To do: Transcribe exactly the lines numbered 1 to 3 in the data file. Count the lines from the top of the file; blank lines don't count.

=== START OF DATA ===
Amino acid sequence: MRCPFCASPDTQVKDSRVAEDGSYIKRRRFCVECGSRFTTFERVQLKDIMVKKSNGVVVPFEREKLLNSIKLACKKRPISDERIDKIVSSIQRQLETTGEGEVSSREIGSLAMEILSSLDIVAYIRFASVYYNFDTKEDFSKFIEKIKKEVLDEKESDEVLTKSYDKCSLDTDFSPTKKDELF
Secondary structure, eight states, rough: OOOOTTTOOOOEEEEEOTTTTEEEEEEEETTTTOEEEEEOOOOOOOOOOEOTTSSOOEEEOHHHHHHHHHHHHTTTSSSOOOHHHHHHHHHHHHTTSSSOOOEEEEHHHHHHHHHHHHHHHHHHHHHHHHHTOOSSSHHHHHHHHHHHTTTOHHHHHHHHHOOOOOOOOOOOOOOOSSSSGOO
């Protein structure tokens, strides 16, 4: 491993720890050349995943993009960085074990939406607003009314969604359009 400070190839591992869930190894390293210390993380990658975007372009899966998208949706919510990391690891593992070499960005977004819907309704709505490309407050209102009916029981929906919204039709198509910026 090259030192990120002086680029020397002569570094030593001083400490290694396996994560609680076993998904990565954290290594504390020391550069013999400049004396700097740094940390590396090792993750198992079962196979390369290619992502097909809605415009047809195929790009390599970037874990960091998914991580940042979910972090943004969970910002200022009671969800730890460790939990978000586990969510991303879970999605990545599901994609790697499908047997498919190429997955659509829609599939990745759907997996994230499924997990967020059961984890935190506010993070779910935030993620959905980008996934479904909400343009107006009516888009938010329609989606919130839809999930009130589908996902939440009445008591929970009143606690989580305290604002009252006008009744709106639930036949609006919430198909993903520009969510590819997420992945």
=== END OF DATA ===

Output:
Amino acid sequence: MRCPFCASPDTQVKDSRVAEDGSYIKRRRFCVECGSRFTTFERVQLKDIMVKKSNGVVVPFEREKLLNSIKLACKKRPISDERIDKIVSSIQRQLETTGEGEVSSREIGSLAMEILSSLDIVAYIRFASVYYNFDTKEDFSKFIEKIKKEVLDEKESDEVLTKSYDKCSLDTDFSPTKKDELF
Secondary structure, eight states, rough: OOOOTTTOOOOEEEEEOTTTTEEEEEEEETTTTOEEEEEOOOOOOOOOOEOTTSSOOEEEOHHHHHHHHHHHHTTTSSSOOOHHHHHHHHHHHHTTSSSOOOEEEEHHHHHHHHHHHHHHHHHHHHHHHHHTOOSSSHHHHHHHHHHHTTTOHHHHHHHHHOOOOOOOOOOOOOOOSSSSGOO
């Protein structure tokens, strides 16, 4: 491993720890050349995943993009960085074990939406607003009314969604359009 400070190839591992869930190894390293210390993380990658975007372009899966998208949706919510990391690891593992070499960005977004819907309704709505490309407050209102009916029981929906919204039709198509910026 090259030192990120002086680029020397002569570094030593001083400490290694396996994560609680076993998904990565954290290594504390020391550069013999400049004396700097740094940390590396090792993750198992079962196979390369290619992502097909809605415009047809195929790009390599970037874990960091998914991580940042979910972090943004969970910002200022009671969800730890460790939990978000586990969510991303879970999605990545599901994609790697499908047997498919190429997955659509829609599939990745759907997996994230499924997990967020059961984890935190506010993070779910935030993620959905980008996934479904909400343009107006009516888009938010329609989606919130839809999930009130589908996902939440009445008591929970009143606690989580305290604002009252006008009744709106639930036949609006919430198909993903520009969510590819997420992945």